How great is His love for us! His faithfulness lasts forever.

Thursday, 25 January 2018 : Feast of the Conversion of St. Paul, Apostle, Week of Prayer for Christian Unity (First Reading)

Liturgical Colour : White

Acts 22 : 3-16

Paul spoke to the Jews in Jerusalem, “I am a Jew, born in Tarsus in Cilicia, but brought up here, in this city, where I was educated in the school of Gamaliel, according to the strict observance of our law. And I was dedicated to God’s service, as are all of you today. As for this Way, I persecuted it to the point of death and arrested its followers, both men and women, throwing them into prison.”

“The High Priest and the whole Council of elders can bear witness to this. From them, I received letters for the Jewish brothers in Damascus; and I set out to arrest those who were there, and bring them back to Jerusalem for punishment. But, as I was travelling along, nearing Damascus, at about noon, a great light from the sky suddenly flashed about me.”

“I fell to the ground and heard a voice saying to me : ‘Saul, Saul, why do you persecute Me?’ I answered, ‘Who are You, Lord?’ And He said to me : ‘I am Jesus, the Nazorean, Whom you persecute.’ The men who were with me saw the light, but they did not understand the voice of the One Who was speaking to me. I asked : ‘What shall I do, Lord?’”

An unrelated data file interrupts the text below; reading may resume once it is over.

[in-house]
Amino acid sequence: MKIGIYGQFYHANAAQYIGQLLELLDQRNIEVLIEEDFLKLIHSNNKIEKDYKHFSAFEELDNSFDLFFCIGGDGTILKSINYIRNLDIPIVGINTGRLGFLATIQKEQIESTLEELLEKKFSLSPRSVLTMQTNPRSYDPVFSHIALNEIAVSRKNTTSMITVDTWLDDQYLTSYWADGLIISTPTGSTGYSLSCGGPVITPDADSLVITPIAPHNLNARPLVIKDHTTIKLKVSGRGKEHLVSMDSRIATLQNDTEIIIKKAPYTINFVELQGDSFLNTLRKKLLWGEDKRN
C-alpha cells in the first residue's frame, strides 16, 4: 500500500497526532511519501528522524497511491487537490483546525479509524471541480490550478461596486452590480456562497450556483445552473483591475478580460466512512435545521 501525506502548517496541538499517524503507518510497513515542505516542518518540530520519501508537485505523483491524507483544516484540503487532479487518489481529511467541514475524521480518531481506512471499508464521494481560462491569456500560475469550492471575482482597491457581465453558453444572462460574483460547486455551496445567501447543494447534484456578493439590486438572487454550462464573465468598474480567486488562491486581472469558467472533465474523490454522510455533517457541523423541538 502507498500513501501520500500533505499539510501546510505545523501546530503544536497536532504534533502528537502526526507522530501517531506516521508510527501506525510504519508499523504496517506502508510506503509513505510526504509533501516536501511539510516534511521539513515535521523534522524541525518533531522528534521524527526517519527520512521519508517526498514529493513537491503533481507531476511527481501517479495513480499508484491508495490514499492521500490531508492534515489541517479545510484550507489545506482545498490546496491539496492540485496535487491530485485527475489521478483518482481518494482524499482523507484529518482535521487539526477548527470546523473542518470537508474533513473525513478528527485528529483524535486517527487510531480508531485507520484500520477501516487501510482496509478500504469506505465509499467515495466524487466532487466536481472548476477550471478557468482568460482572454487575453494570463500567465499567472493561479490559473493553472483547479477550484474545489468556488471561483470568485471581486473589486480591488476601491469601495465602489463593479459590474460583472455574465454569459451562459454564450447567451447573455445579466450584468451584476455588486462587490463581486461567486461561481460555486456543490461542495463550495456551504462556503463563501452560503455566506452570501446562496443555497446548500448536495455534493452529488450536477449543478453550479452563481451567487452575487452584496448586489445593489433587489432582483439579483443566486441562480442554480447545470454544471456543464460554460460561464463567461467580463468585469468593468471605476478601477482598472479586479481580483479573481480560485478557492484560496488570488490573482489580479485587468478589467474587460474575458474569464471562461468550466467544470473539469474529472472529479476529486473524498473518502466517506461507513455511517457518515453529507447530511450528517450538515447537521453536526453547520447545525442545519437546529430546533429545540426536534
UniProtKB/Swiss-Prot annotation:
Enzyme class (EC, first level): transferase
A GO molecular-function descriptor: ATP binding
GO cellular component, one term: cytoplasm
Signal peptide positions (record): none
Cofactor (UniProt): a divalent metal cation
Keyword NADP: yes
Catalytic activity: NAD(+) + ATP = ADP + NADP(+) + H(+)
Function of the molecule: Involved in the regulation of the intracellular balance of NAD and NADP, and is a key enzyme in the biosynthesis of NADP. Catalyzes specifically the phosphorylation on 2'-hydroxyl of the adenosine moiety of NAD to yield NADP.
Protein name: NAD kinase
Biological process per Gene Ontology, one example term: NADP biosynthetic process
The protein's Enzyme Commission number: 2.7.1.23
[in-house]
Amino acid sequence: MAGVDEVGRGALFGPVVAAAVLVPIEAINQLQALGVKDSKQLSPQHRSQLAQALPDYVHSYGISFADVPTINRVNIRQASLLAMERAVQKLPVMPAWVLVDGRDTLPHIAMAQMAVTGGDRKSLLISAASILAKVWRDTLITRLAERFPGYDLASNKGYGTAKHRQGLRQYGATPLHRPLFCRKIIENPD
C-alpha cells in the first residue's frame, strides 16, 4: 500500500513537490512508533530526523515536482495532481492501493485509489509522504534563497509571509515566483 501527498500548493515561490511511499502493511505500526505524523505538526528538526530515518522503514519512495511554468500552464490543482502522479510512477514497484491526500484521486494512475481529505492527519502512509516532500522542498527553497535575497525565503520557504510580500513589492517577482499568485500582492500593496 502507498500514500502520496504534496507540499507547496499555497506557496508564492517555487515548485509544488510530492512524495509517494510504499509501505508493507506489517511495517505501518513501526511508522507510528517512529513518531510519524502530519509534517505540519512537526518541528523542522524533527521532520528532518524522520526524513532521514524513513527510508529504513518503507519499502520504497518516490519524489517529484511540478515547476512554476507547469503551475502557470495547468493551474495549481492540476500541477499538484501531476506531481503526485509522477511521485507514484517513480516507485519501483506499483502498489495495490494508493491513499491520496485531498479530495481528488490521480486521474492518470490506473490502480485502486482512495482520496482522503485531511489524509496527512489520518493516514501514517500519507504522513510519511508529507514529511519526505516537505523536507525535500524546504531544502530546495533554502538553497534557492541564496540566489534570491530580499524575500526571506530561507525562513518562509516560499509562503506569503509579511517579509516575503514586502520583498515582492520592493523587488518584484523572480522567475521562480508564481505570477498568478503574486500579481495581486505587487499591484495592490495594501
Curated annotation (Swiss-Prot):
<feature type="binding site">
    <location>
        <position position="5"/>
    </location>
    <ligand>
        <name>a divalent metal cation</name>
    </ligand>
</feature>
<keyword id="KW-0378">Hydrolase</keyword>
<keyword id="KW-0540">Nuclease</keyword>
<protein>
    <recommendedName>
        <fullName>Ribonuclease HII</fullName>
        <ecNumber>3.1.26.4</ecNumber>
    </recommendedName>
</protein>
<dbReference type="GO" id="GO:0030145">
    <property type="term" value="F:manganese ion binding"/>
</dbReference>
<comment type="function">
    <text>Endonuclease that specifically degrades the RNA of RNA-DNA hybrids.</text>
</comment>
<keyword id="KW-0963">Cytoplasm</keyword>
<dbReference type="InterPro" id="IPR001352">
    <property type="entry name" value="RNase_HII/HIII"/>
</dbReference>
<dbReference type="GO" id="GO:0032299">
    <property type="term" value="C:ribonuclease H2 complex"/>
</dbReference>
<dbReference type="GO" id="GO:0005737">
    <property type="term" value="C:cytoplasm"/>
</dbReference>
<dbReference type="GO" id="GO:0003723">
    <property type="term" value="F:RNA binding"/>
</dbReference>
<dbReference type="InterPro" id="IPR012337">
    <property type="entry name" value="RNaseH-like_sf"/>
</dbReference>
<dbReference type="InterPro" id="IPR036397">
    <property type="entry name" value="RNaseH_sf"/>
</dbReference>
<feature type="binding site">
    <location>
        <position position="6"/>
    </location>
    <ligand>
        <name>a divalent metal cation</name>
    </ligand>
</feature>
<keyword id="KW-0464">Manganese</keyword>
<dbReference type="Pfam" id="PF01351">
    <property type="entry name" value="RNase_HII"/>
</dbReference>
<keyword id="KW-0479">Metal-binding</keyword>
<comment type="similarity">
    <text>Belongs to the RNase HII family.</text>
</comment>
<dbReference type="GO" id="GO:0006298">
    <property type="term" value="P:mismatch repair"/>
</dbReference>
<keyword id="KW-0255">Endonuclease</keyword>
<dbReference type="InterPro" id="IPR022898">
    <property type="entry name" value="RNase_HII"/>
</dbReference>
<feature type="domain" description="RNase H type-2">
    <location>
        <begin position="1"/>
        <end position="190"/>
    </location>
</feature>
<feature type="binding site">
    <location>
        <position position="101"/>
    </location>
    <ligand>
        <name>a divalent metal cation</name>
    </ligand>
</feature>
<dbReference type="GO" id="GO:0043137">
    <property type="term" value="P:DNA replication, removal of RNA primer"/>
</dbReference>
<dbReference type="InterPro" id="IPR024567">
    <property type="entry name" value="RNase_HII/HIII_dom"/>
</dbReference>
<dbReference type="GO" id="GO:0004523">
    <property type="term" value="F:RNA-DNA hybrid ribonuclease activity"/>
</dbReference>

“And the Lord replied : ‘Get up and go to Damascus; there, you will be told all that you are destined to do.’ Yet, the brightness of that light had blinded me; and so, I was led by the hand into Damascus by my companions. There, a certain Ananias came to me. He was a devout observer of the law, and well spoken of by all the Jews who were living there.”

“As he stood by me, he said : ‘Brother Saul, recover your sight.’ At that moment, I could see; and I looked at him. He, then, said, ‘The God of our ancestors has chosen you to know His will, to see the Just One, and to hear the words from His mouth. From now on, you shall be His witness before all the pagan people, and tell them all that you have seen and heard.’”

“‘And now, why delay? Get up and be baptised, and have your sins washed away, by calling upon His Name.’”

Alternative reading

Acts 9 : 1-22

Meanwhile, Saul considered nothing but violence and death for the disciples of the Lord. He went to the High Priest and asked him for letters to the synagogues of Damascus that would authorise him to arrest and bring to Jerusalem, anyone he might find, man or woman, belonging to the Way.

As he travelled along and was approaching Damascus, a light from the sky suddenly flashed around him. He fell to the ground and heard a voice saying to him, “Saul, Saul! Why do you persecute Me?” And he asked, “Who are You, Lord?” The voice replied, “I am Jesus, Whom you persecute. Now, get up, and go into the city; there, you will be told what you are to do.”

The men who were travelling with him stood there speechless : they had heard the sound, but could see no one. Saul got up from the ground and, opening his eyes, he could not see. They took him by the hand and brought him to Damascus. He was blind; and he did not eat or drink for three days.